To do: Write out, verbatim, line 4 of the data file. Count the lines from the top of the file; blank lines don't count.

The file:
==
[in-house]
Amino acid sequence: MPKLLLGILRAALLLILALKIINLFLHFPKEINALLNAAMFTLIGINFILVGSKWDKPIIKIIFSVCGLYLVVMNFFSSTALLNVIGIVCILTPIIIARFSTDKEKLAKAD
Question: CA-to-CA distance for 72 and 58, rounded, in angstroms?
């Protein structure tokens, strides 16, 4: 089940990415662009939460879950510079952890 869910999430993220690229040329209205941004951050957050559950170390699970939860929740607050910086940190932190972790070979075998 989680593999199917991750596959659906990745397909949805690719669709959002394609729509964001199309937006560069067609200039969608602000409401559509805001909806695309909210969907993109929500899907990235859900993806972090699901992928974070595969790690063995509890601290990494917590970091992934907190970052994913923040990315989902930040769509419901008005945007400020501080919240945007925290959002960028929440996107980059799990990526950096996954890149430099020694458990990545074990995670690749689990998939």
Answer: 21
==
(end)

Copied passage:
């Protein structure tokens, strides 16, 4: 089940990415662009939460879950510079952890 869910999430993220690229040329209205941004951050957050559950170390699970939860929740607050910086940190932190972790070979075998 989680593999199917991750596959659906990745397909949805690719669709959002394609729509964001199309937006560069067609200039969608602000409401559509805001909806695309909210969907993109929500899907990235859900993806972090699901992928974070595969790690063995509890601290990494917590970091992934907190970052994913923040990315989902930040769509419901008005945007400020501080919240945007925290959002960028929440996107980059799990990526950096996954890149430099020694458990990545074990995670690749689990998939």